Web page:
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and I feel like there was an over-reliance on artful establishing montages, especially for locations we had already been introduced to. Also, the over-produced establishing montages made every location, from Paris, France to the local skating rink to the wholesale wood lot, have the same level of importance, even though they didn’t with regard to the roles they play in the story.

This isn’t saying that Paris is more important culturally than a local hangout spot because of some Eurocentric reasoning. What I am saying is that while the skating rink is where Tanya and Elijah have their first date, Paris is where Elijah gets the bulk of his wine training. Since the film is more about Elijah’s soul-fulfilling goals, it stands to reason that Paris should get the montage over the skating rink. Similarly with the wood lot versus the family barbecue restaurant—the restaurant deserves the montage over the lot because the restaurant is where a good chunk of Elijah and Louis’ characterization and relationship struggles manifest.

Mamadou Athie in Uncorked
Mamadou Athie in Uncorked. Photo credit: Netflix

I also felt like the film didn’t need the comic relief Ozeri’s Richie brought. Richie wasn’t so much funny as he was annoying, so I couldn’t particularly find the scamp-like charm I feel like I was expected to. On the flip side, I felt like McGorry’s character Harvard, one of Elijah’s more talented classmates, was played well and pushes Elijah to actually be better. Overall, the character was harmless enough, but I wonder if he was still too undefined.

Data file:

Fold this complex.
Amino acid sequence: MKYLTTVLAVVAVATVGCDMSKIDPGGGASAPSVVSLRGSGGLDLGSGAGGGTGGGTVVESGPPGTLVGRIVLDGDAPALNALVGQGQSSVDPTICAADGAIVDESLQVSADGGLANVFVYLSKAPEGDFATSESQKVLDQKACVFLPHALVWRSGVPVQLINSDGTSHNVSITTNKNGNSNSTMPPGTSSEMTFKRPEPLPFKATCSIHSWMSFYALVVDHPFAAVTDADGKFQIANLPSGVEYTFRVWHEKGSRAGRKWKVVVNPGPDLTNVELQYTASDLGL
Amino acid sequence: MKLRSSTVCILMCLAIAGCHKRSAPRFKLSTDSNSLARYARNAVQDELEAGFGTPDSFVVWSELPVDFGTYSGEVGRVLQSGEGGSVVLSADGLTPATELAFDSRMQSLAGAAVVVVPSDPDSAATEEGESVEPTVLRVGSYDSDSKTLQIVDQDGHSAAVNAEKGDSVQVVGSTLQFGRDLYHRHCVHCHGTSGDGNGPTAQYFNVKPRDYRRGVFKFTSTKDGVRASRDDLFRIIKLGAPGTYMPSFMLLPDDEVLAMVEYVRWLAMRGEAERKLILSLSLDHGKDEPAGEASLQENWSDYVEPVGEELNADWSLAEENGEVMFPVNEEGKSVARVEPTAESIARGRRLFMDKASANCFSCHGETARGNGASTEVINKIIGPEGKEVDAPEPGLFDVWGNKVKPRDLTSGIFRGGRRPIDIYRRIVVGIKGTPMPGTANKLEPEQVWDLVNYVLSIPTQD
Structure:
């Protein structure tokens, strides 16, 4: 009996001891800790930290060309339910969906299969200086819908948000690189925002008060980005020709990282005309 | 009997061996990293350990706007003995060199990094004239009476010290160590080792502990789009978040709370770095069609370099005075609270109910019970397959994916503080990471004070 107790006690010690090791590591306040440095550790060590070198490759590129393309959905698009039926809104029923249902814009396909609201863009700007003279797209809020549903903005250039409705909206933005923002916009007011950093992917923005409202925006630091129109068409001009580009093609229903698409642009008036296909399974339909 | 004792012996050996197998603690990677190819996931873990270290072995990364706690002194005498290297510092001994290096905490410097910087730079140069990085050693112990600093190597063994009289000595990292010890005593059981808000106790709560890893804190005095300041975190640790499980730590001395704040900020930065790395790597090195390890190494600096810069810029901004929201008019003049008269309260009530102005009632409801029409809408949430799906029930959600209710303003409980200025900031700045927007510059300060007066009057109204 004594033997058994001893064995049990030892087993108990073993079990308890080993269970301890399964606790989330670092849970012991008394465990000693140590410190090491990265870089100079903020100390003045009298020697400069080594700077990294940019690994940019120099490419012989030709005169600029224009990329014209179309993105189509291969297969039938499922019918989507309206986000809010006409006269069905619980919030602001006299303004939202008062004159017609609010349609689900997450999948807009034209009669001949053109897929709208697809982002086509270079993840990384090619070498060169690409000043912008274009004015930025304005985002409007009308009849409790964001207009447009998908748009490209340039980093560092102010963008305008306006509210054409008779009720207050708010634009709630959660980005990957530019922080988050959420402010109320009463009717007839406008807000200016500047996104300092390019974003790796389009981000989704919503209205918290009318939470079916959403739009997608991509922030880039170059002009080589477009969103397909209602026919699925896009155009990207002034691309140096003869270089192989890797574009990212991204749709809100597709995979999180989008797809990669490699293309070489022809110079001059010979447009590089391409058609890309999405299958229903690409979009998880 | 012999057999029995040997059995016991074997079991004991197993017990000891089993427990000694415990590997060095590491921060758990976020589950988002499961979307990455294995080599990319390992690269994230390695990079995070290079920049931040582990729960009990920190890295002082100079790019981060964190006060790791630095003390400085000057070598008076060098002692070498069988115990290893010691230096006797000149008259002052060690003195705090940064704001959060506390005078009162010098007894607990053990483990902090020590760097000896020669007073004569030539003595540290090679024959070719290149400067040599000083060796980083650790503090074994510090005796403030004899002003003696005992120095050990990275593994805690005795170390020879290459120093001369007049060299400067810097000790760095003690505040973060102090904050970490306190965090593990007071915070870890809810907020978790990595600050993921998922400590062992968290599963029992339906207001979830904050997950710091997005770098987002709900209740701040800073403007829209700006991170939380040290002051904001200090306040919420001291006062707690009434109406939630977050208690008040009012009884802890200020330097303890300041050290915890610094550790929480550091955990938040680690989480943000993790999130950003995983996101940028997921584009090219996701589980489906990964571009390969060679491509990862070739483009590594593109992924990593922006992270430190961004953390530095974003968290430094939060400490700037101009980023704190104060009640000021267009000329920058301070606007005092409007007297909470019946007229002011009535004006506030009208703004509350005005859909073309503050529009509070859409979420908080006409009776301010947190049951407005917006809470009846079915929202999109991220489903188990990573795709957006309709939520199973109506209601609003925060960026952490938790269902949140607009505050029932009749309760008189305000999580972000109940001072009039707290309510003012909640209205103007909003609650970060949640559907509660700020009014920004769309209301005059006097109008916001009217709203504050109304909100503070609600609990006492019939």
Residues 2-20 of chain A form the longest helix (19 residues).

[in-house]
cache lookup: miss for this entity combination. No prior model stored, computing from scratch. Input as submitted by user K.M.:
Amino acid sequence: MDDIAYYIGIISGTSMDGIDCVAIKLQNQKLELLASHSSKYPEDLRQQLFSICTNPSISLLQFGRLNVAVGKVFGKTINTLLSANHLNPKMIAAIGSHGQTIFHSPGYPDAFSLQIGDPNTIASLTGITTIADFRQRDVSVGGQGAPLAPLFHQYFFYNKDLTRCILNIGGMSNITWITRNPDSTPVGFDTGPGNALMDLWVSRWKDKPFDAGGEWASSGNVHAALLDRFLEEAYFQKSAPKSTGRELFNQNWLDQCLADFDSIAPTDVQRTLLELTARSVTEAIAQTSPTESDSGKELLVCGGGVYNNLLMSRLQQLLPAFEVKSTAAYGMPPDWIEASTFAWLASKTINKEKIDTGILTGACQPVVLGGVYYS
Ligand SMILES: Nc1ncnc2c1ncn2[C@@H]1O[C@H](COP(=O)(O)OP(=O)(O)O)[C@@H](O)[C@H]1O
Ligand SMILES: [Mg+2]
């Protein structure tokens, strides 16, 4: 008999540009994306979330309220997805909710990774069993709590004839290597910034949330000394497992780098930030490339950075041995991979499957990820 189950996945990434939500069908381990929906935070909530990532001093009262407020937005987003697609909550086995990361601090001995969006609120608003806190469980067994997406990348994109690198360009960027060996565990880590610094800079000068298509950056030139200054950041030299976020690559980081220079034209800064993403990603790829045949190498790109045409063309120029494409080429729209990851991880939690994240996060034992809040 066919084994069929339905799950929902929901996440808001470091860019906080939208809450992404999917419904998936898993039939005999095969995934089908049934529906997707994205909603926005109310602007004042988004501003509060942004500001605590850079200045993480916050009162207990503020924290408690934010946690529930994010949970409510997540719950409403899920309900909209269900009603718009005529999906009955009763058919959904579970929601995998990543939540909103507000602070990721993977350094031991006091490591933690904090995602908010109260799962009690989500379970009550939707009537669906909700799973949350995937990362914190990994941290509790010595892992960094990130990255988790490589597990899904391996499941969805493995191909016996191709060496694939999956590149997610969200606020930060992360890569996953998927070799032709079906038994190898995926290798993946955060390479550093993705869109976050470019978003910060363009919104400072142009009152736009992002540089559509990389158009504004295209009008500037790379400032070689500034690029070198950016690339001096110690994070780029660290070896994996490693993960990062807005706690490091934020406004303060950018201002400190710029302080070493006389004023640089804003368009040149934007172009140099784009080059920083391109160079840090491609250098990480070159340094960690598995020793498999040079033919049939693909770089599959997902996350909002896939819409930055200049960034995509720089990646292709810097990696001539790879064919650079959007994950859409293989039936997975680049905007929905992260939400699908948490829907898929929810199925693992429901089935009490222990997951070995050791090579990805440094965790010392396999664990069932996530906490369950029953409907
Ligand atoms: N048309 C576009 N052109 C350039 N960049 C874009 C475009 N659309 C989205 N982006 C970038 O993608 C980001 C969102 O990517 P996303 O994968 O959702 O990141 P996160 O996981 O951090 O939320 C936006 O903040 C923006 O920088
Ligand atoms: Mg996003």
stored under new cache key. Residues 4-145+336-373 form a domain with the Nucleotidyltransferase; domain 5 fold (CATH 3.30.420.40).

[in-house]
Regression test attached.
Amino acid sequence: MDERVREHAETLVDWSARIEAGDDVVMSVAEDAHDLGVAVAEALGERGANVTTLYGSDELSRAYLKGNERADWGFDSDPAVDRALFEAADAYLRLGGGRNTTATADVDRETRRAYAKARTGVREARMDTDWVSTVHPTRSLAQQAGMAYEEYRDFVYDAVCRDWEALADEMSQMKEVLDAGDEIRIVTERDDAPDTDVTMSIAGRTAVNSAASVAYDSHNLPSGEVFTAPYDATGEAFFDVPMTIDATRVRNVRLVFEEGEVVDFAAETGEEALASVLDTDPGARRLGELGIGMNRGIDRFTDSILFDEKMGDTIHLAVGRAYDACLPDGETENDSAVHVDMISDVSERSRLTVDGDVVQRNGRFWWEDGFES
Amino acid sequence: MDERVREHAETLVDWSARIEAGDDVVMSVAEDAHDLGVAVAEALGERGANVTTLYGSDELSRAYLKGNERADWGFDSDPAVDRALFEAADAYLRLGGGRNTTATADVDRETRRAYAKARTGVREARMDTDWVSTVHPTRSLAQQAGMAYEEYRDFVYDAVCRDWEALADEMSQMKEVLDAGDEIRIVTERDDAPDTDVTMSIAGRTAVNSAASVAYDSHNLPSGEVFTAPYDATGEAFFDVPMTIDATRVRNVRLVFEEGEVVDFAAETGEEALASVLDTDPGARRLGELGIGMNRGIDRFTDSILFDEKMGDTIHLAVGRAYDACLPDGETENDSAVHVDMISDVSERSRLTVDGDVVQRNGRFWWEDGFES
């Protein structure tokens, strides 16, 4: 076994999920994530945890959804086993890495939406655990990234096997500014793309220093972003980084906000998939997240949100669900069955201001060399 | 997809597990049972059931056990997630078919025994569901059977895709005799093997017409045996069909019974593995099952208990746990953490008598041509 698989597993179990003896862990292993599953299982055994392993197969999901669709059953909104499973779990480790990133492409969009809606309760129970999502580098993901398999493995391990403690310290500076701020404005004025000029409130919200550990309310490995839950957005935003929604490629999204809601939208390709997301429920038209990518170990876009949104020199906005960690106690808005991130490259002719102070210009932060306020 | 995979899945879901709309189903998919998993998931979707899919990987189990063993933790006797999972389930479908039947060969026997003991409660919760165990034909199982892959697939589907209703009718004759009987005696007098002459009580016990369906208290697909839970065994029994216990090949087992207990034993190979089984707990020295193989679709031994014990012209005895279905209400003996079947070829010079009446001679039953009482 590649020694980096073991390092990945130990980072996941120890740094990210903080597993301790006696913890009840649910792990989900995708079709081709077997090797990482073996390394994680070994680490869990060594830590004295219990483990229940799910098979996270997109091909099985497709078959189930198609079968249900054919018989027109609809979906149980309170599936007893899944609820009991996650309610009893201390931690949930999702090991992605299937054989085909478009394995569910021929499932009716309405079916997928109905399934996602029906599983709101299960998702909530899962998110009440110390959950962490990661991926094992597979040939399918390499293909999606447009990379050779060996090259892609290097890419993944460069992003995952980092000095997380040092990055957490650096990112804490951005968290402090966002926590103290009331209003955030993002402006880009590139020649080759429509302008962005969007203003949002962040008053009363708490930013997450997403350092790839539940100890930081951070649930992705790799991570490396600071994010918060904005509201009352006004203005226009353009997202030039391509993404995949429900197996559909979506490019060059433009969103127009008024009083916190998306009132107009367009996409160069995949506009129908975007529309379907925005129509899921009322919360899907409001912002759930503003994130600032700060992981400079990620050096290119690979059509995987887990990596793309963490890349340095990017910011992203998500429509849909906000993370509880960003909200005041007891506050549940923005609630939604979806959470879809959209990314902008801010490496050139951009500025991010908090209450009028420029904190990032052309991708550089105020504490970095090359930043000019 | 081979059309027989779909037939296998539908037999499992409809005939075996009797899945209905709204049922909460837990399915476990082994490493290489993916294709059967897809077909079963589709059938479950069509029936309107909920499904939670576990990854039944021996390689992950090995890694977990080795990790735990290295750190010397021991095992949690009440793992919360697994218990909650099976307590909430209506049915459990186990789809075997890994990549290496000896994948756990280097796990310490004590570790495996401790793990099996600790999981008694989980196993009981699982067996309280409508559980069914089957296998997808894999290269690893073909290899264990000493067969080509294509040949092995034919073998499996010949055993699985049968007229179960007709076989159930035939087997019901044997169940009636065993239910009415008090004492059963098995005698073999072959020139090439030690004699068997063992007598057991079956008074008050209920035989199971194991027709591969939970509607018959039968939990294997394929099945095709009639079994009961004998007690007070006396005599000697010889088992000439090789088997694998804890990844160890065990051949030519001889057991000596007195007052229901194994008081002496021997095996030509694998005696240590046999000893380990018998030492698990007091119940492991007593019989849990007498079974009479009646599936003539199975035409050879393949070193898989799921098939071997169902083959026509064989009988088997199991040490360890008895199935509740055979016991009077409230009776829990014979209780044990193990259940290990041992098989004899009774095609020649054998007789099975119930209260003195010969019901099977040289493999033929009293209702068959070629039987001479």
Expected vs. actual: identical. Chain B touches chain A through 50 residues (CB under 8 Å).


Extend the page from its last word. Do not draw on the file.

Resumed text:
At any rate, one of the things I liked the best about the film was that it was the closest I’ve heard to actually capturing the Black southern accent. Too often, the media perpetuates the idea that all southerners, regardless of race, talk the same, and that’s not true. As shown in this film, some people, like Elijah, have no discernible accent whatsoever, and others, like Louis and other members of Elijah’s family, do have what you might call “lazy tongues.” I looked Penny up online, and it says he was born in California, but I have to assume he has some southern roots in his family tree, since he had the presence of mind to present the Black southern accent as a multifaceted thing that presents itself uniquely in each Black southerner. As a Black southerner, I fully appreciate that.

Overall, Uncorked is a film that will test how you view the family drama. Perhaps it’ll even expand how you view it, depending on how you like the unresolved ending. I ask that you give it a watch and see for yourself.